The second book was of a general nature and I got it published by a publisher who boasts marketing success. After a year hardly any sale to mention, after I poured in a lot of money and even went all the way to the US for a signing-in ceremonly at an int. book convention, where a great interest was shown. The book has received tremendous reviews by renowned reviewers, but there is no correlation between marketing efforts, acclaim etc. on the one hand and results/sales on the other.
    Now I am writing a third book which will face the same wall —- not even worth self-publishing?

  6. Great post, John. Your point about getting over arbitrary deadlines really hit home in context of a project I have been working on. I’ve been publishing a series of author interviews on my blog…and the response from interested authors has been very positive. So my original goal to publish one interview a week soon became a little overwhelming (though also exciting). It began to impact my writing time. So I took a deep breath. Actually, two. Or three. So then I decided if I didn’t publish one interview a week but maybe did one every other week, it would not necessarily mean the end of the world. And I’m happy to report the world did NOT in fact, end, and I was able to find balance with my writing again. So yes to your advice. Yes and yes and, if I have not already said it, yes. Jay

  7. Prioritize. Set key dates, i.e., conventions, seasonal activities, etc., and build on them. What are your goals and objectives? Identify them clearly. No “I want to be a best seller.” The goal I am working on this month is to double reader reviews I have on Amazon. Objectives: Make a reader review contest giveaway meme. Decide how long to run the contest–July 16-July 31. Prize is a $5 gift certificate from Amazon. Post to people who have purchased my book, FB pages, bookstore pages, and ask friends to share.

    The reader review contest will lead to my next goal which is to prepare for the FAPA conference I am attending in August in Orlando.

  8. Thanks for this, John. Spending so much of my time in splendid isolation in front of the screen I can be inclined to think it’s only me that goes through these existential crises of fear and panic that I am not in control of all the things that need doing. It is very reassuring to know that others feel the same!
    The companion to feeling overwhelmed is feeling guilty. I have spent most of today finishing reading a book I couldn’t put down and have neglected all the things I meant to do. I have however come to develop coping mechanisms for guilt! One of them is to tell myself that I am simmering-mulling-marinating my work in progress which as a result will write itself with less effort! Another is to remind myself that most stuff gets done in the end.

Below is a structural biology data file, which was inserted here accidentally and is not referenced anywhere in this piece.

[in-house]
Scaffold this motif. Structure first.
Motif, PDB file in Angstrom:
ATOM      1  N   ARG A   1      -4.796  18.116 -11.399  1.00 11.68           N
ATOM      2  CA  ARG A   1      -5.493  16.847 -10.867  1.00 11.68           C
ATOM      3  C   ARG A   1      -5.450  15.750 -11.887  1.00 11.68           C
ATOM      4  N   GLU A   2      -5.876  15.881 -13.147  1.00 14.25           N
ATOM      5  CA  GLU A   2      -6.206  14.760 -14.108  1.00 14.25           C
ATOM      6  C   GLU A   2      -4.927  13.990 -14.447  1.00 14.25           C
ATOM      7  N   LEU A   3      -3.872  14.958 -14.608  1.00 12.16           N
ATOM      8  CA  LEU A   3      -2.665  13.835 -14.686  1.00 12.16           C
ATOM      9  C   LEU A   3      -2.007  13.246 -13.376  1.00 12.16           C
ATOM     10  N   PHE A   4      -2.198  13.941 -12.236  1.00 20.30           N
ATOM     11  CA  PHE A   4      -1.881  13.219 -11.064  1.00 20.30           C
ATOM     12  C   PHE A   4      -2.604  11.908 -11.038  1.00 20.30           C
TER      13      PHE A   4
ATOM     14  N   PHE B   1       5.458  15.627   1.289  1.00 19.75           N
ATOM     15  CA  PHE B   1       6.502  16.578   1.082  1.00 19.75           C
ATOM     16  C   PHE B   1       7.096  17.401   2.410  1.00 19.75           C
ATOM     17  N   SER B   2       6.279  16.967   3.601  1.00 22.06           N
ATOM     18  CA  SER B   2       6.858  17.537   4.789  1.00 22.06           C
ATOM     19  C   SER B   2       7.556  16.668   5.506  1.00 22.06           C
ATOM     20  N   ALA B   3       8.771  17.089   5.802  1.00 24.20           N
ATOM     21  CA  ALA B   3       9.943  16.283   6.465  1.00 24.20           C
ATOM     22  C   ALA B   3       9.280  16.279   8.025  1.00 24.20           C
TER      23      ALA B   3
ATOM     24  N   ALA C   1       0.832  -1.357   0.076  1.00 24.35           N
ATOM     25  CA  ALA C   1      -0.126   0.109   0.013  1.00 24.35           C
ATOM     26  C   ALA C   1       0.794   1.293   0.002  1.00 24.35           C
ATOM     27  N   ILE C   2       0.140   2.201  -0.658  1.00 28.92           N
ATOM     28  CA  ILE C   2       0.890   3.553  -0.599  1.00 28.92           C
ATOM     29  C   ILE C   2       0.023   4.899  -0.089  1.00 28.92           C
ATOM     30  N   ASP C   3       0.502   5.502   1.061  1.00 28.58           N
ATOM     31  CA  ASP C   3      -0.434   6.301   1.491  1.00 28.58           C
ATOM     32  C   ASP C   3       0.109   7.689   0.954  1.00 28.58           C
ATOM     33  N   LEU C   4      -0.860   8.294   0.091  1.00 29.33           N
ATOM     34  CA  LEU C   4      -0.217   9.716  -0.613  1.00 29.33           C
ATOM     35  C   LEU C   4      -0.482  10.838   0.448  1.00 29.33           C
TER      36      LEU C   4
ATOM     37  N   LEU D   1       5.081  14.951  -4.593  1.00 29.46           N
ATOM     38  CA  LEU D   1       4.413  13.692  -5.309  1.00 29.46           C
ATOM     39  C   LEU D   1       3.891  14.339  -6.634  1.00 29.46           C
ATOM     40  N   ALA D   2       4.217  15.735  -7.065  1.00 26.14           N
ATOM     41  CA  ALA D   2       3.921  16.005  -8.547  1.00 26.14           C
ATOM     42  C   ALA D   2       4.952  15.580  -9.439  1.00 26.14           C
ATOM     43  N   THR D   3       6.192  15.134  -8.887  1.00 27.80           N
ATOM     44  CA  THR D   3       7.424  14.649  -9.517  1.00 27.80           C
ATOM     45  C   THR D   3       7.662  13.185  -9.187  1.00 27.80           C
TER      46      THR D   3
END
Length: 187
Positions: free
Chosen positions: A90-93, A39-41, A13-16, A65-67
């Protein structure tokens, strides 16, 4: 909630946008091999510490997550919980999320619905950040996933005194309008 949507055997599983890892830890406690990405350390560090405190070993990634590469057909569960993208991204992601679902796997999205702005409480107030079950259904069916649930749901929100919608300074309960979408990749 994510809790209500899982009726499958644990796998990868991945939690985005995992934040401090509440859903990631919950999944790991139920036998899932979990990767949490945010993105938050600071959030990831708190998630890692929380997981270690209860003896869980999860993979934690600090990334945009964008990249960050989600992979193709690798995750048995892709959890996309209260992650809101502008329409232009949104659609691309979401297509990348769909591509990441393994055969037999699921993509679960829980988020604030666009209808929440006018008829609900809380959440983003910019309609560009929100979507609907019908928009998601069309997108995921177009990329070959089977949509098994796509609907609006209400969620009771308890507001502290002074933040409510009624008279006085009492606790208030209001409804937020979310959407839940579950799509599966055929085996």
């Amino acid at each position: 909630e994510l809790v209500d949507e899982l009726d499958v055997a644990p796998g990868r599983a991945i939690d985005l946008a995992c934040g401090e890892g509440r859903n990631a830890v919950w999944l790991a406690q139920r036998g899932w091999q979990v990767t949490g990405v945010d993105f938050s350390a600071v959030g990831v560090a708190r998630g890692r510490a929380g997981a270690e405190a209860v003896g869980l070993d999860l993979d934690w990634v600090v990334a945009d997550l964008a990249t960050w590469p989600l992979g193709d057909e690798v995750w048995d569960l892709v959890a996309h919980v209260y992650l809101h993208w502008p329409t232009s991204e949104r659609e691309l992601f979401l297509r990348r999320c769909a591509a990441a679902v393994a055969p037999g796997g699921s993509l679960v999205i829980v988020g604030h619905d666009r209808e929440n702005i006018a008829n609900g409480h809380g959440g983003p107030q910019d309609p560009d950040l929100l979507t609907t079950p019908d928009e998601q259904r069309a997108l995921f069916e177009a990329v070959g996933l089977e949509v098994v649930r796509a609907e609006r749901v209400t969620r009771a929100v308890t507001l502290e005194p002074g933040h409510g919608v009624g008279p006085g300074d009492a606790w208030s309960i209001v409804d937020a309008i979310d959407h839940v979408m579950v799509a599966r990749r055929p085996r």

9. I’ve just come back from an Internet detox holiday just because I felt so overwhelmed after my first year as full-time author/entrepreneur. Today is my first day back, so I can’t really share any insights yet, apart from feeling so much more refreshed compared to post previous holidays. I am finding it harder to get up to speed though, so time will tell! I do agree with Elsa – lists, lists and more lists is my method. And I think revising your expectations every now and then is a good idea too!

  10. Lists and lists! Then dates on the lists then call in reinforcements for specific tasks when it gets overwhelming. If no reinforcements then reality check. This is my formula – but I’m still a newbie having only done a year or so. Thank you for the posts!

Leave a Reply

Your email address will not be published. Required fields are marked *

This site uses Akismet to reduce spam. Learn how your comment data is processed.

Latest advice, news, ratings, tools and trends.

Fairly Trained

Fairly Trained Certifies First Ethically Trained Large Language Model: Self-Publishing News Podcast with Dan Holloway

In this episode of the Self-Publishing News Podcast, Dan Holloway brings attention to Fairly Trained, the first platform to certify ethically trained large language models, highlighting a major advancement in AI ethics. Dan also explores HarperCollins' innovative environmental efforts in reducing paper usage through font changes and the carbon footprint disparities between print and audiobooks. Additionally, he discusses the new partnership between Draft2Digital and the social reading app Fable, a development that offers fresh opportunities for authors to connect with readers.
Read more
Back To Top
×Close search